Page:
I received an advance copy of this book from the publisher via Netgalley in exchange for an honest review.
Right up front I have to admit that I am a huge fan of John Connolly. For me he is right up there with Robert McCammon, Richard Matheson and Stephen King as writers of dark fiction. I wouldn’t call any of them horror writers per se, although they don’t seem particularly offended by it as horror is probably their first literary love anyway. What separates these giants, in my opinion, is that their work, while horrifying at times, never fails to dig deeper into the humanity of the situation. Their characters are complex, often conflicted, and the stories are deep in meaning and emotional impact. Plus, they propel their stories forward in such a way that I can’t help but read them in as few sittings as possible.
I love Connolly’s Charlie Parker series and recommend The Book of Lost Things to anyone I find, but I have limited experience with his short stories so I was very interested to read Night Music. Given that many of these stories are interrelated and some of them novella length, this isn’t really a traditional short story collection—it has a cohesiveness that made it even more enjoyable for me.
The Caxton Private Lending Library and Book Depository and its companion piece Holmes on the Range show that Connolly is not only a mature writer—but like the greats mentioned above, at heart he is still that young man that fell in love with the books he read in his youth. These two stories are homages to great literary characters, and to their writers. I don’t want to spoil even a word of these two stories so I will just say that if you love literature and great characters from Dickens, Doyle etc. these two stories are at times hilarious, and at all times tremendously clever and just plain fun to read.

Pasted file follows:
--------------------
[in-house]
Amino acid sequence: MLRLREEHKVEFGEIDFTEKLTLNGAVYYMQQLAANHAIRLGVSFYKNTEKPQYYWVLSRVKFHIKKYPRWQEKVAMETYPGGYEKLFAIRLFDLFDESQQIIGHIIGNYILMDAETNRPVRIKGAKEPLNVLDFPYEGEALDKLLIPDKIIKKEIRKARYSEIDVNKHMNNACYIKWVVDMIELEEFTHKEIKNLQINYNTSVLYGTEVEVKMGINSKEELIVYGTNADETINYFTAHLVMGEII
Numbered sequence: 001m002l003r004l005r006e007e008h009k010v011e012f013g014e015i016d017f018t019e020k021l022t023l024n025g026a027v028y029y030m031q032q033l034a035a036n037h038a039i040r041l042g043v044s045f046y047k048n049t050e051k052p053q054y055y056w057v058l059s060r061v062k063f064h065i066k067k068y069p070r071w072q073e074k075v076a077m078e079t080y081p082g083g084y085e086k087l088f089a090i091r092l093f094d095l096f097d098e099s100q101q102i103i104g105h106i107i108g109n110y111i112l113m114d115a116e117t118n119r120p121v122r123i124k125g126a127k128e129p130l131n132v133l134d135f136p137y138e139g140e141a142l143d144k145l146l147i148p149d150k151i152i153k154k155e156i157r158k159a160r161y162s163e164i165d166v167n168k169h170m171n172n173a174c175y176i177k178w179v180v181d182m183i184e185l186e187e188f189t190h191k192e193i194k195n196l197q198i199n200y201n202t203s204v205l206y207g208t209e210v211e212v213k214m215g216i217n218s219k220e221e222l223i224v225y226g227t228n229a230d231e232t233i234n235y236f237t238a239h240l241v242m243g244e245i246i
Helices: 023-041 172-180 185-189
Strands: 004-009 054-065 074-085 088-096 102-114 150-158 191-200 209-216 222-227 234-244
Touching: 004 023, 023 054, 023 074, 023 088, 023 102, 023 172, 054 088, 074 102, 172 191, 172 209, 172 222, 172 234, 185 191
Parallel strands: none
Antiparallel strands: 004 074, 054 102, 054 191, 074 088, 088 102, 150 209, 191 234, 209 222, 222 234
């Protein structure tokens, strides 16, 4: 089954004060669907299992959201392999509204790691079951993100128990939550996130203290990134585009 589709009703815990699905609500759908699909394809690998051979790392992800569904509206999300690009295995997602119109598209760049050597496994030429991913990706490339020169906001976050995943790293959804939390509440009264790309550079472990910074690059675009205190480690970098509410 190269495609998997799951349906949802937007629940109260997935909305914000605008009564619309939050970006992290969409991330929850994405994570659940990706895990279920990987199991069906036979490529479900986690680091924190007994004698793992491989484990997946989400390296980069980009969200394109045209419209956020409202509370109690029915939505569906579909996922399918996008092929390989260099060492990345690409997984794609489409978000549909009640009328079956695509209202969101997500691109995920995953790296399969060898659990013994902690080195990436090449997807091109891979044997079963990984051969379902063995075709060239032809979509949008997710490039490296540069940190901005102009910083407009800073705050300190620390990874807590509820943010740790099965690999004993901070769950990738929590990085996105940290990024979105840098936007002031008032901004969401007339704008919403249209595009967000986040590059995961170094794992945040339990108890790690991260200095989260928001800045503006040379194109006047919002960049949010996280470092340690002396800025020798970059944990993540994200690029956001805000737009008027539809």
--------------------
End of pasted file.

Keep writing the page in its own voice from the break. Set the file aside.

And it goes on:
The Fractured Atlas stories, which tell of a diabolical and hopefully mythical book, is another connected set of tales that have an overarching Lovecraftian type of theme to them. Each story provides a different perspective, and often different time frame, to the overall story of the book. And it is a great story that emerges like peeling the skin off of an onion.
There are a couple of classic style stories such as “Razorshins” and “The Lamia” as well as some that travel unusual territory like the brilliant bit of heresy “Lazarus.” While on the subject of heresy, I have to give a shout out to “The Blood of the Lamb” which is one of the most chilling stories that I have read in a long time. The ending is like stepping into an elevator shaft.
Connolly is very generous in that all of the stories are annotated and give you the details on how they came to be, because as we are told, songs and short stories are not written, they are already there and are merely discovered.
In “I Live Here,” Connolly treats the reader to an extended, and often hilarious, autobiographical section in which he mentions the authors and works that impacted him, as well as, perhaps as interestingly, those that didn’t. I thoroughly enjoyed this section. It felt like the wizard came out from behind the curtain, pulled up a chair, and proceeding to tell you how all of the magic worked---or at least where it came from. However, don’t get too comfortable because “I Live Here” will give you chills as you are asked quite seriously are there people assigned to guard actual dangerous places so that people stay away? What if Hill House (or Hell House for that matter) was in your neighborhood? Would you want to visit? Could you stop yourself?
Of course 5 stars. It’s Connolly so it is brilliant.